Regular scanning helps

14 May 1999

Regular scanning helps

weed out barren sows

By Marianne Curtis

REGULAR pregnancy scanning and a rigorous culling policy have boosted production by nearly two pigs a sow and reduced feed costs for one Suffolk outdoor producer.

"Pregnancy scanning is even more essential when times are bad," says Colin Haddingham who produces 7kg weaners from 650 Cotswold Gold sows at his 290ha (720 acre) Sayers Farm, near Lowestoft. "I simply cant afford to carry barren animals."

Reducing empty days has led to feed savings of £1600 a year for the herd. Average production a sow a year has also increased from 19.5 to 21.5 pigs. Even at current weaner prices Mr Haddingham reckons this brings in an extra £22 a sow.

Disappointed with the accuracy of his own Doppler scanner, Mr Haddingham started using freelance pregnancy tester John Adey two years ago. Mr Adey uses an Ultra Scan 45 to check for embryo sacs in the uterus. Mr Haddingham believes this is at least 95% accurate.

With these machines costing around £5000 each, paying £3 a sow a year is more cost-effective for Mr Haddingham than buying his own scanner. However, the discipline imposed by having someone on the farm to scan sows every fortnight is just as important, he says.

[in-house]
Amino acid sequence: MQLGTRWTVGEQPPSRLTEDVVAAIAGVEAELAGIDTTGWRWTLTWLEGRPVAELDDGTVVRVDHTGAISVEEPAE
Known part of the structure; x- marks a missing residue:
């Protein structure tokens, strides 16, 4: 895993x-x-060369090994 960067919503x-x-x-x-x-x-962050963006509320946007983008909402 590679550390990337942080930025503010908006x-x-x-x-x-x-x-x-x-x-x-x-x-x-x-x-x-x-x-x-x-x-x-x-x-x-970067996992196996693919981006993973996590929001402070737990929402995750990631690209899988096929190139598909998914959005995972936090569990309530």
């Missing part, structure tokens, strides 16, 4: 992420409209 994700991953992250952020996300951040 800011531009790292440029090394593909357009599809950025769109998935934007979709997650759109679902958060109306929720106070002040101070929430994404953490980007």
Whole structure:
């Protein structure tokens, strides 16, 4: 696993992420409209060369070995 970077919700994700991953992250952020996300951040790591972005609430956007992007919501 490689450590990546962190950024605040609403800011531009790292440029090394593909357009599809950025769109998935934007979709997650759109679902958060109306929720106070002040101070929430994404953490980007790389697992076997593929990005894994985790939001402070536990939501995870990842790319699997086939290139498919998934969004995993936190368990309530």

A dynamic service system is used for sows. They are grouped with boars and remain in the service paddocks for seven to eight weeks before scanning. "By scanning once at this time we can catch sows holding to both first and second service in one hit," says Mr Adey.

For an experienced operator, little time and effort is required with this form of scanning. Sows do not need restraining and can be scanned along the paddock fence line as they eat cobs. Each sow takes less than 30 seconds to scan, although the occasional uncertainty may take longer.

"Barren sows are culled straight away," says Mr Haddingham. "I dont believe in spending lots of money on Vet Investigation Centre tests and fancy drugs to get sows pregnant." He admits that last year, when it was hardly worth taking cull sows to market, he gave some another chance. But with only 3% of these becoming pregnant he decided it wasnt worth keeping them after all. The average culling rate is about 12%.

"When adopting a rigorous culling policy, keeping on top of sow replacement is particularly important to avoid a shrinking herd," says Mr Adey. Mr Haddingham introduces gilts to his herd nine months a year.

"Producers often experience a higher culling rate in late summer, due to seasonal infertility," says Mr Adey. He advises that sourcing more gilts to compensate at this time will help to maintain output at higher levels through the winter.

Convinced of the benefits, Mr Haddingham recommends this form of scanning to other outdoor producers, concluding that when it comes to culling, the first loss is always the least.


&#8226 Outdoor herd.

&#8226 Scanned regularly.

&#8226 95% plus accuracy.

&#8226 Rigorous culling.

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